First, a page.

Three hours later, and about 5 or six runs later (made up in stages, not home runs), I had seen my first complete ball game.

Summary: take cricket, mix it with rounders and then throw in some random rules = baseball. Oh, and a lot of fun actually too.

For more photos, visit my Flickr account.

Monday, September 19, 2011

San Tan Sunrise

5am. The air is chill. Crickets sing lazy goodnight an the sky turns amber. Outlines of mountains, trees and seguaro, profiles sharp and clear. Silent cyclist clicks by. Sweet smell of fresh cut grass - so strange in this desert - as the early morning routine upon the golf course takes its path towards the burgeoning heat. I sit and listen, and watch. My head full of words.

Monday, September 12, 2011


When starting a new job there's always a lot to take in. Whether it's the organisational structure, a new field, or simply the kind of work you are doing, there's a learning curve to be followed.

My new job is no exception, and I'm learning some fascinating stuff. As well as getting stuck into the marketing side of my job, I'm beginning to understand more about medical research (a good follow on to what I did at Cambridge many years ago) and dementia.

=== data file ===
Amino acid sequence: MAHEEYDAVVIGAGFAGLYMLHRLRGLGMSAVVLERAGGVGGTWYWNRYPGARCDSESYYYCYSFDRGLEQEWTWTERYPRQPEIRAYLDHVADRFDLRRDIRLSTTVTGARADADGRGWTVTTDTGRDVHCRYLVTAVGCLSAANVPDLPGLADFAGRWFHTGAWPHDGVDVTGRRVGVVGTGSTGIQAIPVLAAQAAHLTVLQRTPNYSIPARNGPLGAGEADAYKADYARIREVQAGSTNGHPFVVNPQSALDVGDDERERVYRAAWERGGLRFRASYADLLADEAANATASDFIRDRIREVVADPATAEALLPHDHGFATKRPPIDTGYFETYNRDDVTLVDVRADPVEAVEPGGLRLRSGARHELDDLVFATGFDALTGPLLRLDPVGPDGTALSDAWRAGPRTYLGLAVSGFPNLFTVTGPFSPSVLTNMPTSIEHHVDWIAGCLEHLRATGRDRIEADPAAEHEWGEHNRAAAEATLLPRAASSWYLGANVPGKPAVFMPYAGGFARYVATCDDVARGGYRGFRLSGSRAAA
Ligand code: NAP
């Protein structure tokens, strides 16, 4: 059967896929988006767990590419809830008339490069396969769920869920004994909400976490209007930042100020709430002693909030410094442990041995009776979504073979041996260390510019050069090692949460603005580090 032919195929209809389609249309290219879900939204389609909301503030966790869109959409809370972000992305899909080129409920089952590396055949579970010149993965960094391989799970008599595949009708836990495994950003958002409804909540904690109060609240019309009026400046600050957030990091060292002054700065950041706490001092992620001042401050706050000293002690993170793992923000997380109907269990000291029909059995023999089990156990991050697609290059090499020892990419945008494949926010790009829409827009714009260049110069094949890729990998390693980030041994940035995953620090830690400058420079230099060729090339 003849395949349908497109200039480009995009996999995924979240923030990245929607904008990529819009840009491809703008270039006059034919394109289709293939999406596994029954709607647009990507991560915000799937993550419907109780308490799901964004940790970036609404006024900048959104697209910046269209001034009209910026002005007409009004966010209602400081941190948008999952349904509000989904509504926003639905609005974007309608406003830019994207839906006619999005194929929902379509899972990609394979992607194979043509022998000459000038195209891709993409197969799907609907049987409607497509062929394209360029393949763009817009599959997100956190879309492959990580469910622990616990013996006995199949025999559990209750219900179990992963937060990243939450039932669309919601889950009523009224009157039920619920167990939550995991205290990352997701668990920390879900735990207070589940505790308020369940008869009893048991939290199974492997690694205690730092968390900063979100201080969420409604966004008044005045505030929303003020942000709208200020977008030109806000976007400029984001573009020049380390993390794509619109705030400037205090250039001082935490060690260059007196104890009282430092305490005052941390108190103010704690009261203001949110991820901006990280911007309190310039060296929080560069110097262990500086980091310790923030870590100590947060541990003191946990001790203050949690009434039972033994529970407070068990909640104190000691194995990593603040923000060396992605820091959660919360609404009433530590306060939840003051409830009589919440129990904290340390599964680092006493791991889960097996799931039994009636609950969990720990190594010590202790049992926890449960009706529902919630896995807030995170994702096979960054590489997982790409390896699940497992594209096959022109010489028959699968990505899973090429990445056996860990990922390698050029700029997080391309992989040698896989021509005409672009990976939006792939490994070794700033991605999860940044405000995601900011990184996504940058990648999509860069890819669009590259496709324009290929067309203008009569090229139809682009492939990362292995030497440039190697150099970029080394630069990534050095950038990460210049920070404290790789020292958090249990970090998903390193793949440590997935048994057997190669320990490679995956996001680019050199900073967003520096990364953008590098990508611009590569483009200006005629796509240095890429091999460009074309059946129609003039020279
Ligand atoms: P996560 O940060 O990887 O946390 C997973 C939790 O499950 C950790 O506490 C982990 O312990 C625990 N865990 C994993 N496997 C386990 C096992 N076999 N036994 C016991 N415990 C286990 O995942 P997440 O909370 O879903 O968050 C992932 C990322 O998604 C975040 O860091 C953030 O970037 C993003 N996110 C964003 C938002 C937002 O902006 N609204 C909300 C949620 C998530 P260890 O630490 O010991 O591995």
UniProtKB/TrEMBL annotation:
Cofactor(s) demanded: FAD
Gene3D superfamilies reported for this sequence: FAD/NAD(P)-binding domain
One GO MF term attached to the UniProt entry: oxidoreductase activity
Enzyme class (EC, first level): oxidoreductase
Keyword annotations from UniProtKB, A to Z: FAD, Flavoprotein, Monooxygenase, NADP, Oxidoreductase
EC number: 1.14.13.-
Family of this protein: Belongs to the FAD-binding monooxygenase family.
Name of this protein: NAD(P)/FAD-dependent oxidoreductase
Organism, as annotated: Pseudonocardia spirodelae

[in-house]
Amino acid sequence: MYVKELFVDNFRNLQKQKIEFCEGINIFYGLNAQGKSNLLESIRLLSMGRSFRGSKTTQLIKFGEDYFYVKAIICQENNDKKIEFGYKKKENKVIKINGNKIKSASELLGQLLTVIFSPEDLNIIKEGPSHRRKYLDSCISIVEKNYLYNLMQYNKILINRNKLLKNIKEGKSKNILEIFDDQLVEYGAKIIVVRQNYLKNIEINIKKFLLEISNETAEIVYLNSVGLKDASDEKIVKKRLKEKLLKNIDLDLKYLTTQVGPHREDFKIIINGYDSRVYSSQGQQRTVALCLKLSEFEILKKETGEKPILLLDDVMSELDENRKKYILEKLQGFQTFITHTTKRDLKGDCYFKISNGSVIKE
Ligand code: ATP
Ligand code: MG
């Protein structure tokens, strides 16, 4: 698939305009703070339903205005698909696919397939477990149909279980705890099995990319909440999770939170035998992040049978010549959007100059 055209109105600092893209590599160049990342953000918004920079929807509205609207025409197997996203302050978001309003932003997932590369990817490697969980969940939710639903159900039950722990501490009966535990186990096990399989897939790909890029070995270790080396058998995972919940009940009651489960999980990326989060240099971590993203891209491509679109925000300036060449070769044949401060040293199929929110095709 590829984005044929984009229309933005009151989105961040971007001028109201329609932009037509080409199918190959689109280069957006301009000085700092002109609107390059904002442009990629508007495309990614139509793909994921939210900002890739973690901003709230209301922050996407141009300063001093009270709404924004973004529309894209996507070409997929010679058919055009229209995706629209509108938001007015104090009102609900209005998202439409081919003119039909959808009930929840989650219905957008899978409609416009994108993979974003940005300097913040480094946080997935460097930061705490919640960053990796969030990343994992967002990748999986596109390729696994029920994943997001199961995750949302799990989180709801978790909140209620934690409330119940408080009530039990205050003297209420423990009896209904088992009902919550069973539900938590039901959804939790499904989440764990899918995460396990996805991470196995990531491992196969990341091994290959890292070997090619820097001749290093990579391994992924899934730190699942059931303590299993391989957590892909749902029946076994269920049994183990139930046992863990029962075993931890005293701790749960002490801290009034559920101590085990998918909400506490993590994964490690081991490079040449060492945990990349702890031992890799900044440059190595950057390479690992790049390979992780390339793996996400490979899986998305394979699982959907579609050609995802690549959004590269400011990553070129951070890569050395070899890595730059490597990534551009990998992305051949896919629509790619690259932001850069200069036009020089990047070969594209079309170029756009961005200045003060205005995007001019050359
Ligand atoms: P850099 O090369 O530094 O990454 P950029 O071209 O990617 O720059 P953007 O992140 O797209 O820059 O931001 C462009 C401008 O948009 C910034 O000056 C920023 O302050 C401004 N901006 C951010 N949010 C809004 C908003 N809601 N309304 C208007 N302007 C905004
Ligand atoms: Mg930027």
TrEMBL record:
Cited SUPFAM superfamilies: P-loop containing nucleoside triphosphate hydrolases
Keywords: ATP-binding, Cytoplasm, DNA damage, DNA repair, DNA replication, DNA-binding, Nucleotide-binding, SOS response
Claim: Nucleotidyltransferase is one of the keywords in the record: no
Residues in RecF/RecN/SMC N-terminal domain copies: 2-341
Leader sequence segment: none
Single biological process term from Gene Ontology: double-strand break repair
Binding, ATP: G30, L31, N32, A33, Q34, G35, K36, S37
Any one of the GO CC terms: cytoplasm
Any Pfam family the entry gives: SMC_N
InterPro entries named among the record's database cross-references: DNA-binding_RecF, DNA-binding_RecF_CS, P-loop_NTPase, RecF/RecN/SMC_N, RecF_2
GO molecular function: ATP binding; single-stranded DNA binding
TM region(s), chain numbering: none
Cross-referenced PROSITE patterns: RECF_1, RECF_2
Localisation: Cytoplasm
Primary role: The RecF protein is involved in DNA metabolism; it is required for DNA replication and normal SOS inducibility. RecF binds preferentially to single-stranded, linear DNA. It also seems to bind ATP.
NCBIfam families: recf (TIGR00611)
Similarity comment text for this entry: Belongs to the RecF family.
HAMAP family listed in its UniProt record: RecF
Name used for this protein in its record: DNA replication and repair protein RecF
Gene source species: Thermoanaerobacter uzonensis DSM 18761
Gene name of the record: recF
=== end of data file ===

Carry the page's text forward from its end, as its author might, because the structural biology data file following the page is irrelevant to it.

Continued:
One thing I picked up on pretty quickly is that Alzheimer's is a disease like any other - like cancer or liver disease. It is not a 'natural part of ageing' (though occurs more as people get older) and is not a psychological condition. It's your brain being affected by various things which deteriorate the brain and impair function. You aren't mentally ill - you have a disease. Big difference. See the picture I found on the internet? It shows you a healthy brain, a brain with dementia, and then compares the two. It's a real, physical thing, not a state of mind. Imagine if that was your heart, or liver, or kidneys...

The scary thing is the fact that with our ever-ageing population here in the West, it is going to become more and more prevalent - to the extent that 1 in 3 over 65 are going to have some form of dementia in the next decade or so. I'll be in that profile then. So will many of my friends.